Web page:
COVID19 has taken a toll on everyone in many different ways. For those who had COVID19, around 10% can still have symptoms that last weeks or months after “recovery”. Those with lasting symptoms beyond 2-3 weeks after contracting the virus are called “long haulers” or experience post-acute COVID19. Long Haulers come from any demographic. It appears to affect the old and the young. Those with minimal medical history and those with multiple chronic illnesses. Those who experienced mild COVID19 symptoms and those who were hospitalized.
Long Haulers experience a variety of symptoms. For some, symptoms are different than their original ones. Symptoms may include coughing, fatigue, body ache, shortness of breath, GI upset, loss of taste/smell, headache, brain fog or difficulty concentrating, difficulty sleeping, or just generally not feeling like themselves.
Like everything associated with COVID19, there is still a lot of unknowns. And research is developing to find more about COVID19 and its post-acute symptoms. This includes why some people continue to have symptoms after “recovery”, and why such a diverse group is affected. However, it looks hopeful that many patients will recover. The most effective approach is a holistic one of support, rest, treatment, and gradual increase in activity.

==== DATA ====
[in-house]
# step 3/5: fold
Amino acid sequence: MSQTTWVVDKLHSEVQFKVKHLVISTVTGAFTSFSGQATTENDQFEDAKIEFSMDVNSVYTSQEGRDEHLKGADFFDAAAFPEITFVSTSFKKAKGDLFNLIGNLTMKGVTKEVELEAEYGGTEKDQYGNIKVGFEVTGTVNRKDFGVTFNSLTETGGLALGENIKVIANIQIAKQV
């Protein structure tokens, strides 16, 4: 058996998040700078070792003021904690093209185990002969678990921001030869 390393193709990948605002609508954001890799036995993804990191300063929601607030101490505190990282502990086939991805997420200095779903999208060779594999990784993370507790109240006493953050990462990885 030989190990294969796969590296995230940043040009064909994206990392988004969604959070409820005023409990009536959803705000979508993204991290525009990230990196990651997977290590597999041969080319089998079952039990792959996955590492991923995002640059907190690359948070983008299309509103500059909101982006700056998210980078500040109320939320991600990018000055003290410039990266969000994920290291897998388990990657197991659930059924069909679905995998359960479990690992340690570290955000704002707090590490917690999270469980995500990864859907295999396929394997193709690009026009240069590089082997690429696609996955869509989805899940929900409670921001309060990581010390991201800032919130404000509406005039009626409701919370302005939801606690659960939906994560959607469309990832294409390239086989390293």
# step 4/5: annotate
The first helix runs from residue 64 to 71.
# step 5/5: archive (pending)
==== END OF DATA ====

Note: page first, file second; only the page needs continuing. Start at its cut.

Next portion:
Management Steps to Start Feeling Like Yourself Again:
- See Your Primary Care Physician: Your primary will help facilitate your recovery by checking and monitoring your symptoms, managing any of your diseases/disorders, and connect you with the right resources.
- Attend to General Health: Get enough sleep, eat a healthy diet, and limit or eliminate alcohol and smoking.
- Management of Mental and Emotional Health: Many have lost loved ones, jobs, experienced traumatic stress from hospitalization/illness, as well as stress from isolation and quarantine. It is important to recognize this and to reach out to friends/family or professionals in mental health to address these stressors and learn how to manage them.
- Gradually Increase Exercise. Walking is always a great way to steadily increase activity, either outdoors or in the home. Monitor your progress by using the Borg Scale as well as a personal pulse oximeter which monitors oxygen in the blood. A guide to returning to exercise is that exertion/fatigue should stay at moderate levels, and oxygen should be 96% or above at all times. Pacing yourself adequately and returning to previous activity levels can be tricky when managing multiple symptoms.
- Set Achievable Goals: Start with easy, simple goals that are achievable and can be performed almost every day. As you reach a goal, set another so you can keep moving forward!
If you are struggling to recover from COVID-19, solutions are closer than you think. Your physician can partner with a physical therapist to help monitor your symptoms and progress. This is especially important if you have or recently acquired heart, lung, or other chronic disorders. The Physical Therapists at Action Potential are experts in returning you to feeling like your old self. Contact a local top-rated physical therapist today to find solutions,